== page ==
There’s a decidedly cinematic quality to the debut release by the duo behind the oddly-named, frustratingly punctuation-less Beyond the Wizards Sleeve. The Soft Bounce begins with a gradual synth swell that crescendos into a wordless vocal that becomes swept away by an undercurrent of propulsive electronic drums and a throbbing bass. In this, “Delicious Light”, the aforementioned opening track, serves as something of a stylistic mission statement and introduction of what is to come over the ensuing 45 odd minutes. And what an impressive opening statement The Soft Bounce proves to be. Incorporating elements of rock, EDM, sound collage, psychedelia, and ambient minimalism, the album feels and sounds unlike most anything else released in 2016.
From there, it’s a thrillingly unpredictable aural adventure that manages to bend time and space into a sometimes disorienting, always satisfying distillation of pop music filtered through an omnivorous lens bent on refracting the expected beyond recognition while still remaining accessible. Listeners across the spectrum will likely find at least one moment of pure bliss to tap into, eventually drawn in to the rest of the album by its impeccable execution and seamless integration of sounds, styles and ideas into a concrete, revelatory whole.
The unsettlingly close harmony of “Iron Age” sounds like Beck circa-Odelay (“New Pollution”, to be exact) as interpreted by Tame Impala, pre-synths. It’s a strangely effective amalgamation and juxtaposition of familiar sounds shaped into something beyond these base points of reference. To be sure, Beyond the Wizards Sleeve is well aware of its influences, stylistic and otherwise, grafting whole swaths of disparate decades to one another to create a unique sound wholly their own.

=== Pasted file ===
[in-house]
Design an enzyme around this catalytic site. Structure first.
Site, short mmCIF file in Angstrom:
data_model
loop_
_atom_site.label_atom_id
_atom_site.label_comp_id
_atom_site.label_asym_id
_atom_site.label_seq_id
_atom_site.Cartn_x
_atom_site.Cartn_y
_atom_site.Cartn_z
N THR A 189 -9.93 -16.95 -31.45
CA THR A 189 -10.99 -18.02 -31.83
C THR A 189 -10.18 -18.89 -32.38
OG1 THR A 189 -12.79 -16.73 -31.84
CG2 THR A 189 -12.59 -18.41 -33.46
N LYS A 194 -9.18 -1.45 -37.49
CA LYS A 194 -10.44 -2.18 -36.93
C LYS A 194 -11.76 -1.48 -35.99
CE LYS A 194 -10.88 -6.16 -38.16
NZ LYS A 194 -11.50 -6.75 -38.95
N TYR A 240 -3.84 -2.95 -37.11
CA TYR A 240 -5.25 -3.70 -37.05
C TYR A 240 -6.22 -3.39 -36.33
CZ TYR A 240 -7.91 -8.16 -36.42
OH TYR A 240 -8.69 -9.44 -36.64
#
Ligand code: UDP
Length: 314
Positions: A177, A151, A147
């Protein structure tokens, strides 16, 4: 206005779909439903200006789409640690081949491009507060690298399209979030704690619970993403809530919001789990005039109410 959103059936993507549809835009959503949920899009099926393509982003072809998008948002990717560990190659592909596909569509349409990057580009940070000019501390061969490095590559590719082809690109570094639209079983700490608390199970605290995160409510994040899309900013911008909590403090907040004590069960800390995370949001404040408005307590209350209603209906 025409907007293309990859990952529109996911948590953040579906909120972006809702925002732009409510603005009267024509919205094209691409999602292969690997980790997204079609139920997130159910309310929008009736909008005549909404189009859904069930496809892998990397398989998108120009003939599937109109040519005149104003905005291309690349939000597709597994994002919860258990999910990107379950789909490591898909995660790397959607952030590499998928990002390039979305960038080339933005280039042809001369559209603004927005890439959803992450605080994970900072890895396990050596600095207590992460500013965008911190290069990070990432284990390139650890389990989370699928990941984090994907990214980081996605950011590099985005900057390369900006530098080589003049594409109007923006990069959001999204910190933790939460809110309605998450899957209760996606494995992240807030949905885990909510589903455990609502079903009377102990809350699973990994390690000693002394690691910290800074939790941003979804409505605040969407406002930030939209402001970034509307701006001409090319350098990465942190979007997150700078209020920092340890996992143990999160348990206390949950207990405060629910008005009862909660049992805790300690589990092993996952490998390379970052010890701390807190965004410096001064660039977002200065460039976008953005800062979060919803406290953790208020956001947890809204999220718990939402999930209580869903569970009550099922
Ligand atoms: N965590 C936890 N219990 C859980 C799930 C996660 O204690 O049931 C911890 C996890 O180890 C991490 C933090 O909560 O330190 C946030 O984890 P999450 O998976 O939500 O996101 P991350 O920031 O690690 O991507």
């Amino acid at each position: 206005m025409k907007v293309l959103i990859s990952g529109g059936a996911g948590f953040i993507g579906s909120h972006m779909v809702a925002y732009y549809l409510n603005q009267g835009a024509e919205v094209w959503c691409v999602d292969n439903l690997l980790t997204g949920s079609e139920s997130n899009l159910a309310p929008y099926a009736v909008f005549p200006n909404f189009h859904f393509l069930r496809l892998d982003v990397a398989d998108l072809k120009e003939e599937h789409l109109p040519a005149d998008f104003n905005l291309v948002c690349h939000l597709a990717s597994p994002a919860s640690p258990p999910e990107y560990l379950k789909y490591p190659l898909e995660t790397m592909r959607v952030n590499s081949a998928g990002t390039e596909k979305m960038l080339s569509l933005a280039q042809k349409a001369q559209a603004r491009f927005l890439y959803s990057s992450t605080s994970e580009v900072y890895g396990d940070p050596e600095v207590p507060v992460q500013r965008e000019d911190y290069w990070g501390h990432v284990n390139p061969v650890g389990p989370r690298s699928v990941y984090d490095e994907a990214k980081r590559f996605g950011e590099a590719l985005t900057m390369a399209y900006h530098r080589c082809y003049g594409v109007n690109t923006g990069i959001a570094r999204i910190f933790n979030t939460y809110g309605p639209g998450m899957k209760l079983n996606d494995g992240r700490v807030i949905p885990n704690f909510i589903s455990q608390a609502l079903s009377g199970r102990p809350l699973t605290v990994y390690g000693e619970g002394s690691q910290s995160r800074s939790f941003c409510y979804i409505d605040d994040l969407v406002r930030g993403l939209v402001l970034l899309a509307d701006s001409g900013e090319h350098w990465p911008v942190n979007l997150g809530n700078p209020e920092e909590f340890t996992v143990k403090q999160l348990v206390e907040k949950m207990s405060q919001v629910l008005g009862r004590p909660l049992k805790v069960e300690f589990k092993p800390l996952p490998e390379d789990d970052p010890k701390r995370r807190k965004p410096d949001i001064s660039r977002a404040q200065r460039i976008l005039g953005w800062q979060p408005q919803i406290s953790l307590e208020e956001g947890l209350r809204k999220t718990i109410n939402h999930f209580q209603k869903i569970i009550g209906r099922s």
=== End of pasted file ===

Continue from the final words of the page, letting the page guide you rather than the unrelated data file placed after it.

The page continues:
Given their penchant for collaboration and carefully curated genre-hopping, it’s no surprise that the core duo behind Beyond the Wizards Sleeve has spent a good deal of the last decade remixing and producing a who’s-who of British and continental indie rock ranging from Peter Bjorn and John to Franz Ferdinand to the Chemical Brothers (a clear stylistic touchstone in terms of their swirling mix of pop and EDM). For Erol Alkan and Richard Norris, pop and indeed music in general is little more than an endless series of sounds waiting to be mixed, matched and mashed into something new and different. The gorgeous “Door to Tomorrow” marries a martial snare with lush soft-psych vocals and a post-“Eleanor Rigby” chamber orchestra to create something that sounds wholly out of time, untethered from the confines of a specific style or era.
“Black Crow” offers Zero 7’s trip-hop filtered through a swirling neo-psychedelic kaleidoscope that expands and contracts as though a living, breathing entity unto itself. It’s one of many instances wherein they combine a recognized aesthetic belonging to a very particular place and time and scramble any and all preconceived notions of what to expect in order to produce an end result that transcends mere genre pastiche to become a larger, pop-symphonic homage.
On the title track, they forego any pretense of immediacy in favor of a heavily percussive-based sound that resolves into a haunting vocal and long, drawn-out reverbed guitar chords that blanket the furiously propulsive drums. Conversely, “Finally, First” wastes little time building a sort of quiet majesty, layer upon layer, that subsequently explodes into all out psychedelic euphoria following a brief, soothing spoken word interlude. Similarly, the weirdly tripped-out “Third Mynd” takes all the requisite psychedelic tropes, wraps them in an electronic sheen and mixes it all together with an extended spoken word narrative that plays with the basic tenants of perception. It’s a heady three-and-a-half minutes and a fine way to close the album, leaving the listener wanting more.
Only “Tomorrow, Forever”, an extended, ambient meditation that serves as an instrumental interlude, lacks the focus displayed elsewhere on the album. Yet it still manages to feel of a piece with the album as a whole, offering a brief respite from the EDM-psych (or is it psych-EDM?) of the rest of the album. Regardless, it’s yet another instance of the blissed-out, sonically omnivorous approach Beyond the Wizards Sleeve have to their craft. The Soft Bounce may not be the best album of the year, but it’s certainly one of the most enjoyable listens to come along within these first seven months. And with its lack of date-stamping, it’s surely one to which we can return time and again without the slightest whiff of nostalgia for 2016, 1996 or 1966.